The question for trespassing is whether the trespasser has been adequately notified of the possession interest that another person has in the property. Although it is legal to evangelize door-to-door without a permit, most jurisdictions will require you to leave promptly if the owner asks you to leave. In the absence of such verbal requests, you have a legally protected interest in engaging in conversation with your neighbors.
Based on the law as I understand it, it is likely that your jurisdiction will recognize a right to proselytize to your neighbors door-to-door regardless of a no trespassing or private property sign. However, for the sake of certainty, here’s a little bit about trespass law. Typically, states have statutes that define what it takes to make a sign “conspicuous” enough to create grounds for prosecution. Such laws include specifications for the thickness of markings and the sign’s distance from the ground. Arkansas statutes have established that a person who enters or remains unlawfully on property has committed trespass, which means that the person must enter or remain in or upon the premises when not licensed or privileged to enter or remain in or upon the premises.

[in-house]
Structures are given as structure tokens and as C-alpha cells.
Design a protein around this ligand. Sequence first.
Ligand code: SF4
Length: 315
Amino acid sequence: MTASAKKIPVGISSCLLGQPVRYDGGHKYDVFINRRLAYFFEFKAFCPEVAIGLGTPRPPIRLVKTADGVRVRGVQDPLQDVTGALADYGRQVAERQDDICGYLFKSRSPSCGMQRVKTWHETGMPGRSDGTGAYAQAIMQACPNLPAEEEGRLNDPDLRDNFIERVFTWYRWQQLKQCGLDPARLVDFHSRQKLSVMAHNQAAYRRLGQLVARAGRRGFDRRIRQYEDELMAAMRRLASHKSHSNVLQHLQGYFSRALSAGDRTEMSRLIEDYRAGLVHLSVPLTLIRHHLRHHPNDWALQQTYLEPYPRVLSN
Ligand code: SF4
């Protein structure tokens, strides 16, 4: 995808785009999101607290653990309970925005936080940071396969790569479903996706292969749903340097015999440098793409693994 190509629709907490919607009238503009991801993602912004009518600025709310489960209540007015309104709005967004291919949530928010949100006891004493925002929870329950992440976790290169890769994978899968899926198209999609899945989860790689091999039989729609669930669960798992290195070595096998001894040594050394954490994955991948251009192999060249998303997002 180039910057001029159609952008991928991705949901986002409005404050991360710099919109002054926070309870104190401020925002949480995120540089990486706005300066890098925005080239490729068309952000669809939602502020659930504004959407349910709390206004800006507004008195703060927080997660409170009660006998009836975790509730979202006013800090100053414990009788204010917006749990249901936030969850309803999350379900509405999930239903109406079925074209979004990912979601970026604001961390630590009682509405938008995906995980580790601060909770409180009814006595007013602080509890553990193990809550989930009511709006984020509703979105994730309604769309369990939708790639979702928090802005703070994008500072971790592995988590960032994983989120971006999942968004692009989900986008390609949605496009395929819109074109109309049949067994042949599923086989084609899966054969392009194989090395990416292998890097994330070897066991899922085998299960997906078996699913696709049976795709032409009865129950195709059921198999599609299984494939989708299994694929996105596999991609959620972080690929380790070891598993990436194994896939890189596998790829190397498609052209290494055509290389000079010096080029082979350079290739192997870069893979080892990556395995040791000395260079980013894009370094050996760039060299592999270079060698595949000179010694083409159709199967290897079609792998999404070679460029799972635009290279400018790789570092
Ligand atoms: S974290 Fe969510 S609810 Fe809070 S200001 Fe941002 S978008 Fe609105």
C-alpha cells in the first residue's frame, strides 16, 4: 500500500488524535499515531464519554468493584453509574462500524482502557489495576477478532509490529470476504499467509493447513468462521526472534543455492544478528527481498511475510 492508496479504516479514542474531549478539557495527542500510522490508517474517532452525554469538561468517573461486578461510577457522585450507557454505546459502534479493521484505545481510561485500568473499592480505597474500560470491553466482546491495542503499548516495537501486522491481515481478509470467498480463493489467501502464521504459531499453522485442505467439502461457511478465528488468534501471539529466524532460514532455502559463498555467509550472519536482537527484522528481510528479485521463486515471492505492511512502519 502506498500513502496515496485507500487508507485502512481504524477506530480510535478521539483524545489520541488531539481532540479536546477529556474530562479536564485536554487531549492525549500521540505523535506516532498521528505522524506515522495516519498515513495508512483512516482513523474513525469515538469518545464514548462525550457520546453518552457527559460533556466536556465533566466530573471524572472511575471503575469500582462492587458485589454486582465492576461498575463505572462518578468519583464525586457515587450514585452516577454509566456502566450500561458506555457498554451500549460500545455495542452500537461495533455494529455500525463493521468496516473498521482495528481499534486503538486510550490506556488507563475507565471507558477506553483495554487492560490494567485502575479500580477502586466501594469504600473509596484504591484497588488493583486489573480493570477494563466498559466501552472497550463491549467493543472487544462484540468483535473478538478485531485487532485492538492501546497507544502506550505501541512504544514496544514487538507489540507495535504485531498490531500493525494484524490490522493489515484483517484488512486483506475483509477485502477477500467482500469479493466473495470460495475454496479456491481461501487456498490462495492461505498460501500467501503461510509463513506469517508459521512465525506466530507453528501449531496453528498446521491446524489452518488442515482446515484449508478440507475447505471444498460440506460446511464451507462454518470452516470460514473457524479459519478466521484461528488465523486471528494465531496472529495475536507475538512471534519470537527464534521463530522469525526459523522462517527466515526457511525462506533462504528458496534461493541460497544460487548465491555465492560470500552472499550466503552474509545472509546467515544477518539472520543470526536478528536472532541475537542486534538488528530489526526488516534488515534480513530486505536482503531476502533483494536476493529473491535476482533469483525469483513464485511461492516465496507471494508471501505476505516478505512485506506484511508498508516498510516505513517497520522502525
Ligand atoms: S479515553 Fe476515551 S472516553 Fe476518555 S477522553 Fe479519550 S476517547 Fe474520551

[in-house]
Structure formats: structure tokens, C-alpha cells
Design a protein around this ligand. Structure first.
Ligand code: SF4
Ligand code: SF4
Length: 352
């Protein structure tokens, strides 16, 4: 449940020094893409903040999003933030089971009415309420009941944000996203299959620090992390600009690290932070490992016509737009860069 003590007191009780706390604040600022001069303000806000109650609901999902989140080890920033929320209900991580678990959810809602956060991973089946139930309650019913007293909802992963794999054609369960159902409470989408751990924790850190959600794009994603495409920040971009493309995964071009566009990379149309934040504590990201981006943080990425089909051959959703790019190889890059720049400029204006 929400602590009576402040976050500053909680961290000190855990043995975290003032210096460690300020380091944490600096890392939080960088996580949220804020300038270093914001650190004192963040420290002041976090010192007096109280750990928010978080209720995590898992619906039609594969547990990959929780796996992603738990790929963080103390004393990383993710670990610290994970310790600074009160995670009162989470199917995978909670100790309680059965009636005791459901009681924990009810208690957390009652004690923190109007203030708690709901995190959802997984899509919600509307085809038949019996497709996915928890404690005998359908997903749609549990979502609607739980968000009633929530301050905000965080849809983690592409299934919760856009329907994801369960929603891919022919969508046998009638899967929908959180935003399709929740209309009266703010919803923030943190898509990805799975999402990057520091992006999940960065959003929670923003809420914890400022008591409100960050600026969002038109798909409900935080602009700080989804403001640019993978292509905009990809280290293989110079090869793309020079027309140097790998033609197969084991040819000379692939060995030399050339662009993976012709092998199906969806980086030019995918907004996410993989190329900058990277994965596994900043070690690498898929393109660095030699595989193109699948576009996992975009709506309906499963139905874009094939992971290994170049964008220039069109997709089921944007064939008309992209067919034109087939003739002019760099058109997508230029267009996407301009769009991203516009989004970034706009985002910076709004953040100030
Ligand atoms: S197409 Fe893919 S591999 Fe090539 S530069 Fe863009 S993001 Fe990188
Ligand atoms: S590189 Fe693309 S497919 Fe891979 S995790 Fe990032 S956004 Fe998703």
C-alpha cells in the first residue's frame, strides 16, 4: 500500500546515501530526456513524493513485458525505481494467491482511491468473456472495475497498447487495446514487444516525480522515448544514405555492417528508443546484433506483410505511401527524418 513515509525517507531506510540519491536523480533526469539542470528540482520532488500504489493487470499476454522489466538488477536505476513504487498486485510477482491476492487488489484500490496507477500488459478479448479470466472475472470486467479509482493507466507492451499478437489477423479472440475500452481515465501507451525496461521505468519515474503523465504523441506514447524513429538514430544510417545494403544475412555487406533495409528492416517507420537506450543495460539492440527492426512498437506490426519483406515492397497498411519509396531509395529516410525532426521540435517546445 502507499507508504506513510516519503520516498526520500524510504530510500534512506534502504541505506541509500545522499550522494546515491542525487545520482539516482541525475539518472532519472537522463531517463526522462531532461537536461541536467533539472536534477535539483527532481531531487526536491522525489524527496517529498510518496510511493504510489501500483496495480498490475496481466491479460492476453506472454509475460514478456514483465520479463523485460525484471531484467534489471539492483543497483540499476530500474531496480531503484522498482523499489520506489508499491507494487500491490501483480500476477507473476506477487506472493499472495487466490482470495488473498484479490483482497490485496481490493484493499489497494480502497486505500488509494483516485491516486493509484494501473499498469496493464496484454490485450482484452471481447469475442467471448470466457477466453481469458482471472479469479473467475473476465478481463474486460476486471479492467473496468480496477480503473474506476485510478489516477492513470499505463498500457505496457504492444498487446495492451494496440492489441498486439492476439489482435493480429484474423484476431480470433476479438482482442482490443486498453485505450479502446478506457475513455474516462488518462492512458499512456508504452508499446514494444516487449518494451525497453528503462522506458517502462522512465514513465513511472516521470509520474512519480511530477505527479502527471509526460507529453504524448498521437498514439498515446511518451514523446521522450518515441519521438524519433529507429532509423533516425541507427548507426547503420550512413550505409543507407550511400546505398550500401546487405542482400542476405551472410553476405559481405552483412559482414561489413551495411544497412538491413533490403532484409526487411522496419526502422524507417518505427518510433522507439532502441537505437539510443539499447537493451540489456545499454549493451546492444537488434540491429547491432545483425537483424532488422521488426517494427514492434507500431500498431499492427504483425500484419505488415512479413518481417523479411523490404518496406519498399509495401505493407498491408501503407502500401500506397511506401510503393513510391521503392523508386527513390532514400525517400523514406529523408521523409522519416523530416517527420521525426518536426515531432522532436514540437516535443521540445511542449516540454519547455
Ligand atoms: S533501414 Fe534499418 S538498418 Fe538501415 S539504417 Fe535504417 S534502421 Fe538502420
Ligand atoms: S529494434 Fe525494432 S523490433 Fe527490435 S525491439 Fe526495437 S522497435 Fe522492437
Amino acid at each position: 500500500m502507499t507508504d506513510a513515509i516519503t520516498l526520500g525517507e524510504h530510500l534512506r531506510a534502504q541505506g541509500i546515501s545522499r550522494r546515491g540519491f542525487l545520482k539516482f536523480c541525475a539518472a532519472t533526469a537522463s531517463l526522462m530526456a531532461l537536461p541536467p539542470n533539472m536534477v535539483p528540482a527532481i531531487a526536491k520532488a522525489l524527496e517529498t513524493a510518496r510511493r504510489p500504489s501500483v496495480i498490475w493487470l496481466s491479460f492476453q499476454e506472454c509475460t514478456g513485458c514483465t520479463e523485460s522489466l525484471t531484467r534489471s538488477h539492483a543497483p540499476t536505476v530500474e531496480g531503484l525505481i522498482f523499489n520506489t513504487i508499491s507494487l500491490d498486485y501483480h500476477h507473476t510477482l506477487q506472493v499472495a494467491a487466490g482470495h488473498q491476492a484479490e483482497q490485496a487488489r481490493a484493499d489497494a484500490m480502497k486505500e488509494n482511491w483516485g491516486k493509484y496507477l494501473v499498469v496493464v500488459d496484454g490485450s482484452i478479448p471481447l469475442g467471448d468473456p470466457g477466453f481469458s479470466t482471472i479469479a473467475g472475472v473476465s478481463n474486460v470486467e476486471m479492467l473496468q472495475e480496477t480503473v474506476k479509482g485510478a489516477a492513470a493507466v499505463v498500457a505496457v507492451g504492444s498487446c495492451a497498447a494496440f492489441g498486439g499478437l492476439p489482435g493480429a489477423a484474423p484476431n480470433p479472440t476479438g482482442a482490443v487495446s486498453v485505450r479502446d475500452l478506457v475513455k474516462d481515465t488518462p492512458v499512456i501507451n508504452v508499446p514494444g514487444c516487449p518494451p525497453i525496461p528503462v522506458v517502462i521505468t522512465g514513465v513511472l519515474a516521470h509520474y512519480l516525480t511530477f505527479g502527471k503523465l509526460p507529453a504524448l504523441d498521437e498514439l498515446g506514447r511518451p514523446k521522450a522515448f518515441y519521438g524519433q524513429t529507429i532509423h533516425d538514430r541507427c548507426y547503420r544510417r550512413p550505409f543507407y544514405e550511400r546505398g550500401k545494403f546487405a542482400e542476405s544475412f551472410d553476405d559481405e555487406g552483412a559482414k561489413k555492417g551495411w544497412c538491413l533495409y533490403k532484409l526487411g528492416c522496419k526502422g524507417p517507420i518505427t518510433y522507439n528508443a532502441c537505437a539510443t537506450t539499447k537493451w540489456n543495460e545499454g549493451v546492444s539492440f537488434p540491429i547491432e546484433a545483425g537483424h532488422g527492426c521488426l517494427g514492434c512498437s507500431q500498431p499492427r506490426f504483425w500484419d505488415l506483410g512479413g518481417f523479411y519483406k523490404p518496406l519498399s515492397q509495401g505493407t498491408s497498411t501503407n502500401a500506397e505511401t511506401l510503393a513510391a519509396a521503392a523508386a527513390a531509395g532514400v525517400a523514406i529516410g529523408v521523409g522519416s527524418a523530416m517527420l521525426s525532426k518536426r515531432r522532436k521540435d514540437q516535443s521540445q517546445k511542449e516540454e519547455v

Communication is key. Arkansas law provides that if the property is unimproved and apparently unused, and is not fenced or otherwise “enclosed in a manner designed to exclude an intruder,” the person entering the property does so with license and privilege. Generally, however, if a person unlawfully enters property that has been improved, he has trespassed regardless of a sign on the premises devoid of some religious purpose for his visit.
Thus, there really is not a significant difference between the “No Trespassing” sign and the “Private Property” sign. Both would communicate to any potential intruder that the property he is about to enter is presently being possessed by another person and thus would likely be sufficient to provide grounds for claiming notice in court if a property owner should choose to bring a suit.